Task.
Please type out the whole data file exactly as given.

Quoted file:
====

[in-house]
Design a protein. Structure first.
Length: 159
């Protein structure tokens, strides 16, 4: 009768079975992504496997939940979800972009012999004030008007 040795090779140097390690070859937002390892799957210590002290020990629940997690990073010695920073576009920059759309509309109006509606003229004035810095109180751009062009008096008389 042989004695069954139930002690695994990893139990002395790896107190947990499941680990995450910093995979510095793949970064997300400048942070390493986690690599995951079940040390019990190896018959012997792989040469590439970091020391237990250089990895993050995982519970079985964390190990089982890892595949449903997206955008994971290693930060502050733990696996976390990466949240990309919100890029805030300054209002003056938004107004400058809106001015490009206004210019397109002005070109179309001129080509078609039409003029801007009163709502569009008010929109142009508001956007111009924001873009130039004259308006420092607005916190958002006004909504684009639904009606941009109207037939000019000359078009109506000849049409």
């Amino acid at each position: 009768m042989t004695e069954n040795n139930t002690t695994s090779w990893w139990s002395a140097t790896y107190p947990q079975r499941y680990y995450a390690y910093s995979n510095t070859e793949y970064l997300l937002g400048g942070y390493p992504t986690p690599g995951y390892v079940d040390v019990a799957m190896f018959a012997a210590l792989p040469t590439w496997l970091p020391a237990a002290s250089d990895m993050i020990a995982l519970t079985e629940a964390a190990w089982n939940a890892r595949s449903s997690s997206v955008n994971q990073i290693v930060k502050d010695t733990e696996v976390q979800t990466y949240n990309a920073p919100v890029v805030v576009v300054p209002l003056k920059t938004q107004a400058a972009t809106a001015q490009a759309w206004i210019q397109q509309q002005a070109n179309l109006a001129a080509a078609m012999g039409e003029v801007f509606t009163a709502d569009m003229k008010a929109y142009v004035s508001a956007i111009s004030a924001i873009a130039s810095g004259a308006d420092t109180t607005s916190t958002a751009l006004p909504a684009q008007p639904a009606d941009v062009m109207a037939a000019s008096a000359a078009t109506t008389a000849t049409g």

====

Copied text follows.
[in-house]
Design a protein. Structure first.
Length: 159
């Protein structure tokens, strides 16, 4: 009768079975992504496997939940979800972009012999004030008007 040795090779140097390690070859937002390892799957210590002290020990629940997690990073010695920073576009920059759309509309109006509606003229004035810095109180751009062009008096008389 042989004695069954139930002690695994990893139990002395790896107190947990499941680990995450910093995979510095793949970064997300400048942070390493986690690599995951079940040390019990190896018959012997792989040469590439970091020391237990250089990895993050995982519970079985964390190990089982890892595949449903997206955008994971290693930060502050733990696996976390990466949240990309919100890029805030300054209002003056938004107004400058809106001015490009206004210019397109002005070109179309001129080509078609039409003029801007009163709502569009008010929109142009508001956007111009924001873009130039004259308006420092607005916190958002006004909504684009639904009606941009109207037939000019000359078009109506000849049409």
């Amino acid at each position: 009768m042989t004695e069954n040795n139930t002690t695994s090779w990893w139990s002395a140097t790896y107190p947990q079975r499941y680990y995450a390690y910093s995979n510095t070859e793949y970064l997300l937002g400048g942070y390493p992504t986690p690599g995951y390892v079940d040390v019990a799957m190896f018959a012997a210590l792989p040469t590439w496997l970091p020391a237990a002290s250089d990895m993050i020990a995982l519970t079985e629940a964390a190990w089982n939940a890892r595949s449903s997690s997206v955008n994971q990073i290693v930060k502050d010695t733990e696996v976390q979800t990466y949240n990309a920073p919100v890029v805030v576009v300054p209002l003056k920059t938004q107004a400058a972009t809106a001015q490009a759309w206004i210019q397109q509309q002005a070109n179309l109006a001129a080509a078609m012999g039409e003029v801007f509606t009163a709502d569009m003229k008010a929109y142009v004035s508001a956007i111009s004030a924001i873009a130039s810095g004259a308006d420092t109180t607005s916190t958002a751009l006004p909504a684009q008007p639904a009606d941009v062009m109207a037939a000019s008096a000359a078009t109506t008389a000849t049409g």